To quote Edgar Wind, out of context::
“The claim that in these late Neoplatonic speculations there was a vestige of an ancient mystery religion, older than, Homer and Hesiod, was a theory which it would be difficult either to prove or refute, because a purely oral transmission, if it existed, could of course not be traced or tested with documents.” 
Firstly, I am convinced that such vestiges of the mystery religions have survived. Secondly, that there is an oral transmission, thirdly that it cannot be traced with documents, but can be verified with pictures, images, symbols and other representational and non-representational forms. That puts my cards on the table. I also think it is necessary that we expand our paradigms on the nature of this transmission, beyond the boundaries of the present rationalistic discourses. We have today, a lineage of Tibetan Buddhism, represented for example by H.H. the Dalai Lama and H.H. the 17th Karmapa - which has its transmission credentials clearly delineated through the centuries. I am convinced that there are other transmission lineages that are not exoterically documented. Their modus operandi is only visible through the fruits of their action patterns. By Their Fruits Ye Shall Know Them! And one such Fruit is definitely the Sacred Tarot.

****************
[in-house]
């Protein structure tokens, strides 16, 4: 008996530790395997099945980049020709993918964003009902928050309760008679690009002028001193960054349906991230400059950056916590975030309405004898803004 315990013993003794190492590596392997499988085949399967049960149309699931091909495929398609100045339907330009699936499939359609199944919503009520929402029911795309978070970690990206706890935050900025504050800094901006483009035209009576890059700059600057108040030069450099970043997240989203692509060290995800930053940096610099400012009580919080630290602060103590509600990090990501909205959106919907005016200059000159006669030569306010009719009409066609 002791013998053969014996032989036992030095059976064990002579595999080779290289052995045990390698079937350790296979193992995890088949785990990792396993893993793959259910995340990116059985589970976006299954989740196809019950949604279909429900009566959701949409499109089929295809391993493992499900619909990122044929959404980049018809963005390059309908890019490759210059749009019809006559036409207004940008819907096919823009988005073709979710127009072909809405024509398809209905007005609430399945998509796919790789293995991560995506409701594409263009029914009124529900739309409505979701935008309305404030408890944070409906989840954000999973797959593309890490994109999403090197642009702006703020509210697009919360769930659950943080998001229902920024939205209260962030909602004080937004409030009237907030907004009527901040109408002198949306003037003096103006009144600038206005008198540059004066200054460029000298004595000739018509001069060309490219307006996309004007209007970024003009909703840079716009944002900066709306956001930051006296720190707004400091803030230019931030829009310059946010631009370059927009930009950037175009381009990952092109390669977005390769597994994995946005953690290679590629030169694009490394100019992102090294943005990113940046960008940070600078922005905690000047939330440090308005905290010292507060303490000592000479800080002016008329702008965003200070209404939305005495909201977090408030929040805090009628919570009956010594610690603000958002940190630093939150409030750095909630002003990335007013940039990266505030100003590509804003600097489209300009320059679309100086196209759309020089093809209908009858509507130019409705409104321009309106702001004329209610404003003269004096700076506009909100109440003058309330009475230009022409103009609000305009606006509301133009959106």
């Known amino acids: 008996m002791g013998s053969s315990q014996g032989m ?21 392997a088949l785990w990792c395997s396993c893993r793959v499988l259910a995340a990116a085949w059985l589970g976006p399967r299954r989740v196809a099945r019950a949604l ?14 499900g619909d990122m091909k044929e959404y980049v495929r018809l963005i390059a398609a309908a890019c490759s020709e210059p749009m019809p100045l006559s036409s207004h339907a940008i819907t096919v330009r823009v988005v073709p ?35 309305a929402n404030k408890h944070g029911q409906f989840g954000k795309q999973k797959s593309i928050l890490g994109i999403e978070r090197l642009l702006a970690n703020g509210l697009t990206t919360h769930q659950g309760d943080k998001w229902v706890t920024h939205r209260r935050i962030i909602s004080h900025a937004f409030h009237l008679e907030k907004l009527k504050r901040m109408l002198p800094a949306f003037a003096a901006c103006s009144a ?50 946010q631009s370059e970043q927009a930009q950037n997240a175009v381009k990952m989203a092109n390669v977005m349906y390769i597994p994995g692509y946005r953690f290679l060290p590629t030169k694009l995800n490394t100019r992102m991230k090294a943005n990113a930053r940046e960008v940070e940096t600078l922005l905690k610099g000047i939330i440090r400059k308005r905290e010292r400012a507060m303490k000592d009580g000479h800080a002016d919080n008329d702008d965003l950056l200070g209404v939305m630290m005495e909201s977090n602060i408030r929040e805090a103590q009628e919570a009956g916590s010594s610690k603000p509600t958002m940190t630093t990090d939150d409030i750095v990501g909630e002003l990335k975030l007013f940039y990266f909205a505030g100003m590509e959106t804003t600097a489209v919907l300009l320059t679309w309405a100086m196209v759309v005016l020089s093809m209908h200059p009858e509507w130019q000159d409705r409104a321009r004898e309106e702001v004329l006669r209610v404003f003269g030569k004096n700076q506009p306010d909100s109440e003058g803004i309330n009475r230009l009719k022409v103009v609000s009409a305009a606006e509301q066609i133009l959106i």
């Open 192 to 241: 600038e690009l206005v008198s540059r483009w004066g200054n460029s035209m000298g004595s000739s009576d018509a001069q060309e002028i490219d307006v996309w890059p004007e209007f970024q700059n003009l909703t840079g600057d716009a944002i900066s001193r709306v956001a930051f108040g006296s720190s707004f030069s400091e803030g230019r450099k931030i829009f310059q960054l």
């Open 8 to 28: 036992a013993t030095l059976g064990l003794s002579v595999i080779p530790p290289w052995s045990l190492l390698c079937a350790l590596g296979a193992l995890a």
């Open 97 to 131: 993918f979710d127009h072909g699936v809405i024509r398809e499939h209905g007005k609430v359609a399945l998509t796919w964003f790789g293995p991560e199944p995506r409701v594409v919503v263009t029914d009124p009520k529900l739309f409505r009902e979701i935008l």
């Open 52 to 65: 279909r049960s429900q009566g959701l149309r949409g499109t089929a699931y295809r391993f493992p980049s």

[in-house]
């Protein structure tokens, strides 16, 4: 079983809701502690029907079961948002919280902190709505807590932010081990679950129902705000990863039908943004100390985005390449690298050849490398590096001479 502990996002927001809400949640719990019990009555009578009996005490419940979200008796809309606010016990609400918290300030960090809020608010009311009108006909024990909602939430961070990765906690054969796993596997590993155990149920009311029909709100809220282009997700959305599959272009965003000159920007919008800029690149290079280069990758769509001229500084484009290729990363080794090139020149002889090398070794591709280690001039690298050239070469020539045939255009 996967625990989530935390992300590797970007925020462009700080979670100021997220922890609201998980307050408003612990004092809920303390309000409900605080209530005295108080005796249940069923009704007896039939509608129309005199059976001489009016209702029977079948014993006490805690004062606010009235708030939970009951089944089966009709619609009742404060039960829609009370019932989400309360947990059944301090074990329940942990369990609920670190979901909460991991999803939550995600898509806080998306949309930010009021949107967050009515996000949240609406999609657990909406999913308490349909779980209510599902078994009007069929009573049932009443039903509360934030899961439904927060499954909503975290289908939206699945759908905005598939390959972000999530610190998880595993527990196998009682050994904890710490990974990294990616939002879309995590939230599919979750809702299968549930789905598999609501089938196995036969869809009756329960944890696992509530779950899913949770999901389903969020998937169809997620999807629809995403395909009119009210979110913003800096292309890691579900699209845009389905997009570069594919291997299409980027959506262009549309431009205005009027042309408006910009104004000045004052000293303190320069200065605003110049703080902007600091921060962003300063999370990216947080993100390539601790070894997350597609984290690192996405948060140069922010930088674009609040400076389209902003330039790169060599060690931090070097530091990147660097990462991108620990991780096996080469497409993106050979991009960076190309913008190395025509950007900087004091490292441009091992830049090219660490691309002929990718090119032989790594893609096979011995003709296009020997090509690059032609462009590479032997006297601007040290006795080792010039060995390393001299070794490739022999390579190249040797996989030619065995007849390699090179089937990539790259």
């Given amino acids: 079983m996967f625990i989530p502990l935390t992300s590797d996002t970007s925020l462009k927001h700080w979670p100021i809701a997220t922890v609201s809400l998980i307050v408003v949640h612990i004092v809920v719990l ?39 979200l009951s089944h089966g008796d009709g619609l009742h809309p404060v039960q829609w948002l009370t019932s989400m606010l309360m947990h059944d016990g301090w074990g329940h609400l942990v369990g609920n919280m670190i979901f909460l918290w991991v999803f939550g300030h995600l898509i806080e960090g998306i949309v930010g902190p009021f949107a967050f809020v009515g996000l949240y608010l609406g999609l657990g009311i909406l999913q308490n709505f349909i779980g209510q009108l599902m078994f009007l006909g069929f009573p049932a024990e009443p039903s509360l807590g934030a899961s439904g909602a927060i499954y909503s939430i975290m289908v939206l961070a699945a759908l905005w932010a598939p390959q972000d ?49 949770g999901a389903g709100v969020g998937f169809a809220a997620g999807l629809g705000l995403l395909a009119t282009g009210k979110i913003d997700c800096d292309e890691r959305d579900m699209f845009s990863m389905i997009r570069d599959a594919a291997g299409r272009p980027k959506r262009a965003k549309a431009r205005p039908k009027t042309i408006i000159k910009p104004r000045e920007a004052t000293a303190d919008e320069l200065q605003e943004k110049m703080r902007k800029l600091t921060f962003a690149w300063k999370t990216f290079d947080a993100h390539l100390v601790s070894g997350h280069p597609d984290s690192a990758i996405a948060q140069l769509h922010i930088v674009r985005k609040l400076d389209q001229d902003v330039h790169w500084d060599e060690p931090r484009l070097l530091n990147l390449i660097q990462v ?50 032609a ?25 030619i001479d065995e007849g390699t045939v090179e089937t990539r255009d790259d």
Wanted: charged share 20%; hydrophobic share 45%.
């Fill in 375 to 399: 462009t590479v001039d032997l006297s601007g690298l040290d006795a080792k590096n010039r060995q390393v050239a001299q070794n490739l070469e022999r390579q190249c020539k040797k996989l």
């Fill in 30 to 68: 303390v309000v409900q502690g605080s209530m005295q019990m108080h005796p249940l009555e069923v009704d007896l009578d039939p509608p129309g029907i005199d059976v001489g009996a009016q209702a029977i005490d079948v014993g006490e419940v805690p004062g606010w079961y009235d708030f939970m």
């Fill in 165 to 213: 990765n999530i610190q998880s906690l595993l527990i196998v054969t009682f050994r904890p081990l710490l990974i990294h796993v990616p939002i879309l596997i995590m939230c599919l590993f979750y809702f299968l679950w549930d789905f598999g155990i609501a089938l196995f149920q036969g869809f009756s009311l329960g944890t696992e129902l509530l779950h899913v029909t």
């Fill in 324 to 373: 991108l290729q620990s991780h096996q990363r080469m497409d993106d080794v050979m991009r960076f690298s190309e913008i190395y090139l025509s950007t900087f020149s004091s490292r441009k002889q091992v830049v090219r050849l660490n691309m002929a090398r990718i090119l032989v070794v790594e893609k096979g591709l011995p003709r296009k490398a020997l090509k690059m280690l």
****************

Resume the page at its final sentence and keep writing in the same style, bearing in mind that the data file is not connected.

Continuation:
An exhaustive sacking and plundering of the historical documents of the 15th century has not as yet resulted in identifying the authors of the Tarot. Yet, parallels, mainly hermetic in nature, or neoplatonic, as is more commonly accepted, are being unearthed at a rapid rate. In the midst of the cacophony of theories and the multiplicity of versions of the Tarot, how can we maintain a stable and a true transmission, honouring the ancient lineage and the imaginal inspiration, and archetypal richness that it embodies? How can we be true to the ancestral responsibilities that have yet to bear fruit. We see the mess that our culture is in at present, the moral bankruptcy, and gross materialism, ignorance, greed and aggression that rule the day. Some astounding images have been released into mass consciousness by way of the novel. For example I quote Philip Pullman:
"And for the most of that time, wisdom has had to work in secret, whispering her words, moving like a spy through the humble places of the world while the courts and palaces are occupied by her enemies."